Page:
Royal Naval Reserve

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Royal Naval Reserve
Royal Navy Reserves logo.png
Active1859-1958, 1958-present
CountryUnited Kingdom
BranchNaval Ensign of the United Kingdom.svg Royal Navy
TypeReserve Force
Part ofRoyal Navy
Garrison/HQEngland London
Commanders
FirstAdmiral
Ernest Rice.
CurrentRear-Admiral
Michael Anthony William Bath.

The present Royal Naval Reserve was formed in 1958 merging the original Royal Naval Reserve (RNR) founded under the Naval Reserve Act in 1859 as a reserve of professional seamen from the merchant service and fishing fleets and the Royal Naval Volunteer Reserve (RNVR), a reserve of civilian volunteers founded later in 1903. [1]

History

Tthe original Royal Naval Reserve (RNR) founded under the Naval Reserve Act in 1859 as a reserve of professional seamen from the merchant service and fishing fleets. The RNR was originally a reserve of seamen only but in 1862 this was extended to include recruitment and training of officers. From its creation, RNR officers wore a unique, distinctive lace consisting of stripes of interwoven chain.[2] A number of drillships were established at the main seaports around the coast of Britain and Ireland and seamen left their vessels in the base ports to undertake gunnery training in a drillship for a period of one month annually. After initial shore training officers embarked in larger ships of the fleet (usually battleships or battle cruisers) for a one-year period to familiarise themselves with gunnery and naval practice.[3]

Although under the operational authority of the Admiral Commanding, Reserves, the RNR was administered jointly by the Admiralty and the Registrar General of Shipping and Seamen in the Board of Trade throughout its separate existence. In 1910, the RNR (Trawler Section) was formed to actively recruit and train fishermen for wartime service in minesweepers and minor war vessels.[4] Officers and men of the RNR soon gained the respect of their naval counterparts with their professional skills in navigation and seamanship and served with distinction in a number of conflicts including the Boer War and Boxer Rebellion. Prior to the First World War, 100 RNR officers were transferred to permanent careers in the regular navy - forever after referred to as ’the hungry hundred’.[5]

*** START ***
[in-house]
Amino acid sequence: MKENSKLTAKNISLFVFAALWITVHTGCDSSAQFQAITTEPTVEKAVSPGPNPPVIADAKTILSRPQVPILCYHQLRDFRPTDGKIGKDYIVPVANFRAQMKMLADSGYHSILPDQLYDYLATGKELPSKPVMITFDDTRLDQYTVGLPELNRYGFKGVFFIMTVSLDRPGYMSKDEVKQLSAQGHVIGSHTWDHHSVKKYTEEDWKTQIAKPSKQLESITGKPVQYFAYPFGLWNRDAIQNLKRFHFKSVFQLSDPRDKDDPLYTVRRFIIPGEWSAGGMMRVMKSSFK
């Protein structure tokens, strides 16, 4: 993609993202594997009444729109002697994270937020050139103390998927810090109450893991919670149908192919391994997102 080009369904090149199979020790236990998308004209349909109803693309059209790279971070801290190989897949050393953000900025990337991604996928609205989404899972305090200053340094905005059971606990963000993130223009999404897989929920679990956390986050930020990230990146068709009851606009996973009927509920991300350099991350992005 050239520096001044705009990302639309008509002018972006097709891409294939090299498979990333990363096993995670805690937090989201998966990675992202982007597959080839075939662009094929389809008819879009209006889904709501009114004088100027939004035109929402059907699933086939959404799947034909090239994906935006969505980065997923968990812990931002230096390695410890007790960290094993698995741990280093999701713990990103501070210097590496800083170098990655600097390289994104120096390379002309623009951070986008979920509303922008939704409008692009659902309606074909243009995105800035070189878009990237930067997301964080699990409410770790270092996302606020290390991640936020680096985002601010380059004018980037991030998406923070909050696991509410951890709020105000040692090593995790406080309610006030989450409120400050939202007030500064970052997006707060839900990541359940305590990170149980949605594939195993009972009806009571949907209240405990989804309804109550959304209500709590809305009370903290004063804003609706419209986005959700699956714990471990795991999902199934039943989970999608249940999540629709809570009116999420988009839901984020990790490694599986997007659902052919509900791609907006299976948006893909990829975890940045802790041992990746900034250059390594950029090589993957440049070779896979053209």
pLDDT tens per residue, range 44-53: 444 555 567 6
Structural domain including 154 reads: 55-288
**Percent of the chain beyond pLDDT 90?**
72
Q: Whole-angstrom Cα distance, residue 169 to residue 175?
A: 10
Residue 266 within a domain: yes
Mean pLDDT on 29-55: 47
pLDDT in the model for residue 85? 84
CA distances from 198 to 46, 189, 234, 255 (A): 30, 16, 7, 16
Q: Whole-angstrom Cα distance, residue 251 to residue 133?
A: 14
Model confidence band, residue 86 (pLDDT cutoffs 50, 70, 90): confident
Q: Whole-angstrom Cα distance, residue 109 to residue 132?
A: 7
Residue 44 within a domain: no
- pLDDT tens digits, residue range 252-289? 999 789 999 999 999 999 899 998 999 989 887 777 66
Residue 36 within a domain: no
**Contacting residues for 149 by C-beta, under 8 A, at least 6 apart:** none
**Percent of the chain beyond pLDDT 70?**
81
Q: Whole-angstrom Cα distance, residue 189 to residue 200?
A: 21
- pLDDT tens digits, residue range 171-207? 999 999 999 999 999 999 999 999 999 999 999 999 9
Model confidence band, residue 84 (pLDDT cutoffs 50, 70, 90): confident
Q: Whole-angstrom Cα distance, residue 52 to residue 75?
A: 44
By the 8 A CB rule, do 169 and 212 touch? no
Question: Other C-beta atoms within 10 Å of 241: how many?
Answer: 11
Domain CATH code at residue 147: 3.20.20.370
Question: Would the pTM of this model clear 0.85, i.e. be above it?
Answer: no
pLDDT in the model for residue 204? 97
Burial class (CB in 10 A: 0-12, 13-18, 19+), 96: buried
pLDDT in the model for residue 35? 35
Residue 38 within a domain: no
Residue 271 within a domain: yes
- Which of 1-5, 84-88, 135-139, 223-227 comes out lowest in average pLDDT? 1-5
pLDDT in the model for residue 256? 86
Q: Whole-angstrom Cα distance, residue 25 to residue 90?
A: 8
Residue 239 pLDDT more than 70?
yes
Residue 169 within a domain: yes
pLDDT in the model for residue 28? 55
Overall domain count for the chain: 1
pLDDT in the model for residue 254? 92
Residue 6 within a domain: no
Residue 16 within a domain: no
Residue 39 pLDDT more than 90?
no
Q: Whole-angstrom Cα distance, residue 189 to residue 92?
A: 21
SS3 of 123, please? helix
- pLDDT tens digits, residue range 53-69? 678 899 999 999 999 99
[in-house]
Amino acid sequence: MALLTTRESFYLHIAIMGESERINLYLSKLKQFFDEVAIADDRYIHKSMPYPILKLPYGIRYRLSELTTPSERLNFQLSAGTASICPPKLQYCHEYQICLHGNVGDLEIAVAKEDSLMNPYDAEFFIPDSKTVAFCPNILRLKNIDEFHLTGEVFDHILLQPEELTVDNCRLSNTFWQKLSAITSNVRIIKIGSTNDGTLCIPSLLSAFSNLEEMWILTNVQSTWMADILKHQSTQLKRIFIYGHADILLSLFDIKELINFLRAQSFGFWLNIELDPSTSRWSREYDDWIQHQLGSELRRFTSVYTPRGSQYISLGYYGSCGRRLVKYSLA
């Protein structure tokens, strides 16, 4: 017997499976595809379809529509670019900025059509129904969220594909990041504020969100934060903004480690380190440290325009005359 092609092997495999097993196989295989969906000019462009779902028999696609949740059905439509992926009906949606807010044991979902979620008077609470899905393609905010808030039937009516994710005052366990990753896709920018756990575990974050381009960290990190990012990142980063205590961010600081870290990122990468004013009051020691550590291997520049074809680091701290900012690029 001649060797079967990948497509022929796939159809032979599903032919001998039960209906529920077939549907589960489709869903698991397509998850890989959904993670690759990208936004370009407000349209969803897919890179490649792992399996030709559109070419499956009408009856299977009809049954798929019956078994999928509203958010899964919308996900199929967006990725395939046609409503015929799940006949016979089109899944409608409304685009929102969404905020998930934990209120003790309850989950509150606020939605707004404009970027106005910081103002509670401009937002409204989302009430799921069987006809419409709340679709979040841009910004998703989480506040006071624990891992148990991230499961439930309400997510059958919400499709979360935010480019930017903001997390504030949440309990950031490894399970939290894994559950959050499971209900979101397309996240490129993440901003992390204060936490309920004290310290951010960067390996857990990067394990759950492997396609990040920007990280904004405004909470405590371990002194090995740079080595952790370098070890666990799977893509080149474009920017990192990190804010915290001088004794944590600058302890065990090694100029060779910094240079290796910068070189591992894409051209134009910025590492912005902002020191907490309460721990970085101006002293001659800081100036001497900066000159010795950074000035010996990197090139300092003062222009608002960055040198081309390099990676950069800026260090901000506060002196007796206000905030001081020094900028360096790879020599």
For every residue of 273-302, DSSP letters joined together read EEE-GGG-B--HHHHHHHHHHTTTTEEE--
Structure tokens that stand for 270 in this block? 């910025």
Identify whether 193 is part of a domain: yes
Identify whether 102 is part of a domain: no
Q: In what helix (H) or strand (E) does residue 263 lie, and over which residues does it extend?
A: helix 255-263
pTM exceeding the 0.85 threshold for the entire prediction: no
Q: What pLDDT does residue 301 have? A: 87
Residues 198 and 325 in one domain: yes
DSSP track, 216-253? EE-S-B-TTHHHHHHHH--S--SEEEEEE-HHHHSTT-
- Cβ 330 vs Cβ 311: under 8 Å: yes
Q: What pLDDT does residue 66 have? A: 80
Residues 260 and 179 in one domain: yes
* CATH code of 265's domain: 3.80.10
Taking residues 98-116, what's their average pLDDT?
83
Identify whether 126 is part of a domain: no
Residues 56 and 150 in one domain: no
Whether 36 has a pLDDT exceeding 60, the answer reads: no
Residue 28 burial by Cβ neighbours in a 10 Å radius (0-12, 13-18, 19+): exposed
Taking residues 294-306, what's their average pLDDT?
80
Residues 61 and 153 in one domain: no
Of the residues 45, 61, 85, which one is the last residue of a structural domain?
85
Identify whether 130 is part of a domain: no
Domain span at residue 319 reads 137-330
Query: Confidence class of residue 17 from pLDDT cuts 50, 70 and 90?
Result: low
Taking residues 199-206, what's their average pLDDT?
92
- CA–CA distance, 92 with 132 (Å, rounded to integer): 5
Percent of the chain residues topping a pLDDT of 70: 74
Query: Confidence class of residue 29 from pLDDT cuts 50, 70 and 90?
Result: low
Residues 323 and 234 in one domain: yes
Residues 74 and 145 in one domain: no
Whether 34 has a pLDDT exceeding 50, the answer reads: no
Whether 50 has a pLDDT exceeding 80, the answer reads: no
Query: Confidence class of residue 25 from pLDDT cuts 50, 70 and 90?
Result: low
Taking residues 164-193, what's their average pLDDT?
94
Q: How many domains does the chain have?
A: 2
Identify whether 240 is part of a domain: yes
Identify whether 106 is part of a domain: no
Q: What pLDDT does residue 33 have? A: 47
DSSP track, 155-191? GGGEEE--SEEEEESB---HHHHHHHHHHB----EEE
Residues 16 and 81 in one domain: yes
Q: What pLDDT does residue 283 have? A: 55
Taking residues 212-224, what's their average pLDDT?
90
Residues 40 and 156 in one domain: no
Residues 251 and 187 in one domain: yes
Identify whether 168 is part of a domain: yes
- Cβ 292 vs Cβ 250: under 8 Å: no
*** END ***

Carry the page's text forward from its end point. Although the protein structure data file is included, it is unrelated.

On mobilisation in 1914, the RNR consisted of 30,000 officers and men. Officers of the permanent RNR on general service quickly took up seagoing appointments in the fleet, many in command, in destroyers, submarines, auxiliary cruisers and Q ships. Others served in larger units of the battle fleet including a large number with the West Indies Squadron who became casualties at the Battle of Coronel and later Jutland. Fishermen of the RNR(T) section served with distinction onboard trawlers fitted out as minesweepers for mine clearance operations at home and abroad throughout the war where they suffered heavy casualties and losses.[6]

A number of RNR officers qualified as pilots and flew aircraft and airships with the RNAS whilst many RNR ratings served ashore alongside the RN and RNVR contingents in the trenches of the Somme and at Gallipoli with the Royal Naval Division. Merchant service officers and men serving in armed merchant cruisers, hospital ships, fleet auxiliaries and transports were entered in the RNR for the duration of the war on special agreements.[7]

Although considerably smaller than both the RN and the RNVR (three times the size of the RNR at the end of the First World War) the RNR had an exceptional war record being awarded 12 Victoria Crosses. On commencement of hostilities in the Second World War, the RNR from the outset to help them shoulder the initial burden until sufficient manpower could be trained for the RNVR and ’hostilities only’ ratings. Again, RNR officers found themselves in command of destroyers, frigates, sloops, landing craft and submarines, or as specialist navigation officers in cruisers and aircraft carriers. In convoy work, the convoy commodore or escort commander was often an RNR officer. As in the First World War, the RNR acquitted itself well, winning 4 VCs.[8]